Lehman College, CUNY (UNITED STATES)
About this paper:
Appears in: ICERI2010 Proceedings
Publication year: 2010
Pages: 2620-2623
ISBN: 978-84-614-2439-9
ISSN: 2340-1095
Conference name: 3rd International Conference of Education, Research and Innovation
Dates: 15-17 November, 2010
Location: Madrid, Spain
Spinoza observes in the ETHICS that Peter's portrait of Paul tells more about Peter than it does about Paul. Writers in a college composition class sometimes startle a teacher by producing traumatic confessional writing. Such writing may chronicle physical abuse, personal rejection, or a psychological disorder. What is the instructor to make of the writing? Concerns over being qualified to assess such writing often cause the teacher to avoid the writer's content. Traumatic confessional writing is silenced, either by responding to grammatical form alone or by muting the emotional significance of the writing. The teacher avoids responding to a written disclosure of personal trauma by citing his or her lack of training in that area.

I suggest that traumatic confessional writing should be elicited, discussed, and responded to in the composition class. Such an approach provides a number of classroom gains. A sense of audience, relevance of content, authorial voice, and honest writing are among the benefits of directly exploring confessional writing. Of course, delicate subject matter requires teacher discretion. Some students won't want to participate, so alternative assignments must be provided. The student must be made to feel comfortable sharing his or her disclosure in a non-threatening environment.

A number of interesting discoveries occur from classroom discussion of traumatic confessional writing. When relating a traumatic anecdote, the objective emphasis upon what happened is contrasted with the subjective stress upon how one felt. Objective and subjective focus, in turn, relate to the audience for whom the traumatic confessional writing is intended. What the writer thinks personally traumatic is sometimes incorrectly believed to be so. Class discussion helps to locate and distinguish traumatic experience from disappointing experience, a matter of topic relevance.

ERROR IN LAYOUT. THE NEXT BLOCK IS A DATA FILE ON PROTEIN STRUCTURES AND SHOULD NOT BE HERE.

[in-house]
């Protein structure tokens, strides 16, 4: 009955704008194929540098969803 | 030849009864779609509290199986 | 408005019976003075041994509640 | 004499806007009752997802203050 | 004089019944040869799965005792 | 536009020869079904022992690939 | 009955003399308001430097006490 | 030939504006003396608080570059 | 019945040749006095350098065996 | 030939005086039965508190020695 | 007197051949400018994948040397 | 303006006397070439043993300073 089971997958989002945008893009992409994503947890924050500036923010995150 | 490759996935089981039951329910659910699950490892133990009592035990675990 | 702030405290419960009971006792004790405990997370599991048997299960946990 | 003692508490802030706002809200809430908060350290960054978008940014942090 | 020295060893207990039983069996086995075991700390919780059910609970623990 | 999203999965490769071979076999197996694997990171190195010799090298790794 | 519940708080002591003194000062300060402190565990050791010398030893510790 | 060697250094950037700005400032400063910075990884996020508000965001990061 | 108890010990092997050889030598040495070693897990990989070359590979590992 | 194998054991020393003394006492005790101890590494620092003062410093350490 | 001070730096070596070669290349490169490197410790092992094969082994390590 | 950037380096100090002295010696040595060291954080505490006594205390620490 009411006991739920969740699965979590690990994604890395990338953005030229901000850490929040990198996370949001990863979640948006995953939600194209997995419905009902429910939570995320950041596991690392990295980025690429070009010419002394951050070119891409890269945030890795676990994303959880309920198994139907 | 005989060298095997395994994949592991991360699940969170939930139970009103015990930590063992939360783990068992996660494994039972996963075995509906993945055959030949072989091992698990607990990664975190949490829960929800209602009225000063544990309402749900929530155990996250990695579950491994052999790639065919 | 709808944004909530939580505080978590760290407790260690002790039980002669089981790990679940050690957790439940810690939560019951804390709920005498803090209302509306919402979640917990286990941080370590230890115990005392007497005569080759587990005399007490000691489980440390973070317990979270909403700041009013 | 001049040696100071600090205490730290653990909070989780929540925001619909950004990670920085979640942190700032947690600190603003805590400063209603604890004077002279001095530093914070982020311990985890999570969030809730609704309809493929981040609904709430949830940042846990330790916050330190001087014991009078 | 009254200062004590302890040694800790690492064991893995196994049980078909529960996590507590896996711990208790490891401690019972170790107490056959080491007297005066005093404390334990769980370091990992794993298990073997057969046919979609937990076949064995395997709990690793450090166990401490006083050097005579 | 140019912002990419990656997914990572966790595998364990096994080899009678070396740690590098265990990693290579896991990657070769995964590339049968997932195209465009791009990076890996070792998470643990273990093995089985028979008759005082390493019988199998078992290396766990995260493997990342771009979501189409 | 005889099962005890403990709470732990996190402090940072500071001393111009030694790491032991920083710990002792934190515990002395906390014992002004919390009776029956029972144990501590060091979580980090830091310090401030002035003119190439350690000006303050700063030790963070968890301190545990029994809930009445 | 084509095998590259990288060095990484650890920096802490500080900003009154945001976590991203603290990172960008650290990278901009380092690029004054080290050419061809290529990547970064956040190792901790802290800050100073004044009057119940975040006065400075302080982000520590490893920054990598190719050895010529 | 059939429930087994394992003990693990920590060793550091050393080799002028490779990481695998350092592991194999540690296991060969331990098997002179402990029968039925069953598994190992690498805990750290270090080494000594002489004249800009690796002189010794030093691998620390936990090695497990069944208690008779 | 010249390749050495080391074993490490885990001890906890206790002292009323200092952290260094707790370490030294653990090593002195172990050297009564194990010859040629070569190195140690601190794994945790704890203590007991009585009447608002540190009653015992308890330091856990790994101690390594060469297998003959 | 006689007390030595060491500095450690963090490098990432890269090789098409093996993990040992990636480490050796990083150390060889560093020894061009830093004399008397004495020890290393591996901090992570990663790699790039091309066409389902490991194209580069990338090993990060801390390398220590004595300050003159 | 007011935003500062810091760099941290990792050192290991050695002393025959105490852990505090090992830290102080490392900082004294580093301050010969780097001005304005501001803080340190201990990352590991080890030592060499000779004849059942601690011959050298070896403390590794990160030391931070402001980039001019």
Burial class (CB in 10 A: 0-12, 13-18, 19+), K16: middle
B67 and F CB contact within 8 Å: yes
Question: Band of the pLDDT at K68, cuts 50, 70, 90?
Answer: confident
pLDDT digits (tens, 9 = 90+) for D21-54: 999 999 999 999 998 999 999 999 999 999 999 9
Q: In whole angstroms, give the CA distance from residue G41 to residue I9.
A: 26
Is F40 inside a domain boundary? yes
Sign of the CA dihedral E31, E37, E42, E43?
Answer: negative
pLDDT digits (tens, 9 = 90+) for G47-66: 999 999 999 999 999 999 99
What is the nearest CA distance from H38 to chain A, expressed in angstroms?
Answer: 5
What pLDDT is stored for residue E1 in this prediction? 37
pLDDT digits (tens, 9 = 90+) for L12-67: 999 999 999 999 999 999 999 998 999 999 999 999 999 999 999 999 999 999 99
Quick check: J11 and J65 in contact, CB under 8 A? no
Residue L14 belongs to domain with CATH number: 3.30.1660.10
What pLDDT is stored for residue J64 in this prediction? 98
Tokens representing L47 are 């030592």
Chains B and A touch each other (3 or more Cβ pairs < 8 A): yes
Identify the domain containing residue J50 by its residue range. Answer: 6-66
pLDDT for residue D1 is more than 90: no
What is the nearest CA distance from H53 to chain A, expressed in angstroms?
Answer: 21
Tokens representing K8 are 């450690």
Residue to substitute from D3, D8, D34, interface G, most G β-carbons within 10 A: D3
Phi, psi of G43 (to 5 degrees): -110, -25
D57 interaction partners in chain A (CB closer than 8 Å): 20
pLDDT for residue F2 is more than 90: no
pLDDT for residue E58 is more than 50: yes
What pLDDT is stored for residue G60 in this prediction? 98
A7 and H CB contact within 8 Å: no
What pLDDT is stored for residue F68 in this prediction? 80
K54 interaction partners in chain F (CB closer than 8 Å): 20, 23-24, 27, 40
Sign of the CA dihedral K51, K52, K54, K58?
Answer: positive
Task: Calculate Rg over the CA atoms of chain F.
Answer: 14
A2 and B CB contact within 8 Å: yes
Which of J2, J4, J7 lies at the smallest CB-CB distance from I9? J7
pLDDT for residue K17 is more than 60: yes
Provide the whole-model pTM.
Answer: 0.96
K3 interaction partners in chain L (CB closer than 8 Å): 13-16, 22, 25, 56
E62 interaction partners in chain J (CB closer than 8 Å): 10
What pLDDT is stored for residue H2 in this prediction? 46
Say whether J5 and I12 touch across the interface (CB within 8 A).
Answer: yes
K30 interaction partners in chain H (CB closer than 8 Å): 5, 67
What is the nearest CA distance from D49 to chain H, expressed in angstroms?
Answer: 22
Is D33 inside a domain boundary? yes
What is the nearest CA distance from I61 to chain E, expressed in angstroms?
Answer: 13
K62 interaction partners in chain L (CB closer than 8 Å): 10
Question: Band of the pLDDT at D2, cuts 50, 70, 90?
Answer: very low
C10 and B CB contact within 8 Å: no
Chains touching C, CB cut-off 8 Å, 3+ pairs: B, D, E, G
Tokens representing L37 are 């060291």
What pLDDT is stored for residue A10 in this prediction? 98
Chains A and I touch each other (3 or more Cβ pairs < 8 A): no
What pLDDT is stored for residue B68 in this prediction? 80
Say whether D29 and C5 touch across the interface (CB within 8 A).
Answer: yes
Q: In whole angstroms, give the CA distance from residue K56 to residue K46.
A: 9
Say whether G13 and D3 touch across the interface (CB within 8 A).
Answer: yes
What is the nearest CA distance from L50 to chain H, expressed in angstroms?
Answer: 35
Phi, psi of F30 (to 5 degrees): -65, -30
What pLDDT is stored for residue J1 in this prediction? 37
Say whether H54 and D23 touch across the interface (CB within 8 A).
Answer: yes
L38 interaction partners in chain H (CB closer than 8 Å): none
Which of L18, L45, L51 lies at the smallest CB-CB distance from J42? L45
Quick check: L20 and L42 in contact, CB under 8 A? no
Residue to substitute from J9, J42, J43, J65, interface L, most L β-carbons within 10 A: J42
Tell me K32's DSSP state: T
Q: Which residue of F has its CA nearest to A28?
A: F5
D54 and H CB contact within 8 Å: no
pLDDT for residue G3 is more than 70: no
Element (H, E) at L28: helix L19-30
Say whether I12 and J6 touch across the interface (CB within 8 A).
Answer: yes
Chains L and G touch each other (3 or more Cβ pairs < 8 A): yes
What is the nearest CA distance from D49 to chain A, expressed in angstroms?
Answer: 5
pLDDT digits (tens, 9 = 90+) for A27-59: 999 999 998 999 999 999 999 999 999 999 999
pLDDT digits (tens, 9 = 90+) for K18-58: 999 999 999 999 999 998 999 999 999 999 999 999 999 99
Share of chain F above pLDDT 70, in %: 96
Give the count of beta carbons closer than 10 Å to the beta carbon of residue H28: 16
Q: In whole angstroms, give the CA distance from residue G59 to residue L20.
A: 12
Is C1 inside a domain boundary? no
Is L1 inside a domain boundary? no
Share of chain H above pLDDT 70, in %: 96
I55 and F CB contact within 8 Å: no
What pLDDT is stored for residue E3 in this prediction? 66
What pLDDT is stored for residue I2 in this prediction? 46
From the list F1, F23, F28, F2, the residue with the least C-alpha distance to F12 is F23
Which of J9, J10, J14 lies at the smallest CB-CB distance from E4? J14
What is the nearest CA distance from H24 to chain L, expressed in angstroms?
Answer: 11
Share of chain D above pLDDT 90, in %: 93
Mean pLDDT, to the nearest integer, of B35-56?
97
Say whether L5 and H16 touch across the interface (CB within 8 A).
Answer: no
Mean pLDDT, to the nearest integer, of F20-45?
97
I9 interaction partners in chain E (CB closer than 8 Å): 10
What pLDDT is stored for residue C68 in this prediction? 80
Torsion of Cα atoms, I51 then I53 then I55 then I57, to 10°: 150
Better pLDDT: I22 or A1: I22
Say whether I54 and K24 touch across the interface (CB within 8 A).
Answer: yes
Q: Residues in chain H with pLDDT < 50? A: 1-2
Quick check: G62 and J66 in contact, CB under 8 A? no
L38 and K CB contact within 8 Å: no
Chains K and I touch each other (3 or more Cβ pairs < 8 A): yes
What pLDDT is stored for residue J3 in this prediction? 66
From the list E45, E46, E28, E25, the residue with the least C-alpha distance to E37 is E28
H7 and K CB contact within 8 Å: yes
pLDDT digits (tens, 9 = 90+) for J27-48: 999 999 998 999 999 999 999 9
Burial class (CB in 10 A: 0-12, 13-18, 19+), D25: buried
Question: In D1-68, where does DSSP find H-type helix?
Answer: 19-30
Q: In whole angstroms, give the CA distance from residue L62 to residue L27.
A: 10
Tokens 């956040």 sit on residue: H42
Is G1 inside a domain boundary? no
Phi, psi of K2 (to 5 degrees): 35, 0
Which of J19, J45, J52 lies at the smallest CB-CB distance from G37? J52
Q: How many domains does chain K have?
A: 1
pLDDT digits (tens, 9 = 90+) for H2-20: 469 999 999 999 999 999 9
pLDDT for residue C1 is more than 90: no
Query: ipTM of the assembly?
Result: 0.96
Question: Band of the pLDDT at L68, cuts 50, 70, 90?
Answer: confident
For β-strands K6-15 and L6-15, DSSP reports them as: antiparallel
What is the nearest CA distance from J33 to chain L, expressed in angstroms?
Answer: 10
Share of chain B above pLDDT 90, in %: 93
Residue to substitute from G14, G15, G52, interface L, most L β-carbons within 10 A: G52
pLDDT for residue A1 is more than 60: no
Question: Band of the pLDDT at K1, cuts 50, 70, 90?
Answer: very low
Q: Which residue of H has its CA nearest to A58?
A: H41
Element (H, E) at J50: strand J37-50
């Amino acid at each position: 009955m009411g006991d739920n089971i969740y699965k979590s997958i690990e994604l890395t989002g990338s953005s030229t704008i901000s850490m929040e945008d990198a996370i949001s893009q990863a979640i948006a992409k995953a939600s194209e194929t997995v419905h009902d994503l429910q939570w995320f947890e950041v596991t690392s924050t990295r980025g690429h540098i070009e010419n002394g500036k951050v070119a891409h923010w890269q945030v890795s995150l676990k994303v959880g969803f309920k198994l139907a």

Trauma is psychologically engaging. Television programs testify to this daily. The gain for the classroom writer is a sense that his or her story matters; others are interested in it because of the experience the author relates.

George Orwell remarks that all writing should be political in the restricted sense that the writer's subject matter is intended to affect others. Traumatic confessional writing does this and more. It makes writing real. Writing isn't simply done for the teacher, but because it personally matters to the writer.

The lessons of traumatic confessional writing can be reinforced with confessional readings. Possible selections are legion, but a mixture of classic and contemporary readings is useful, e.g., Rousseau, St. Augustine, Arthur Koestler, and Maya Angelou. Traumatic confessional readings in conjunction with student writings go some distance towards overcoming naive, indulgent student writing while developing a sense of audience, relevance, voice, and authenticity. The use of traumatic confessional writing in the classroom will not only teach a classroom Peter about himself, but also better inform and guide his writing for and about Paul.
Confessional, college, composition.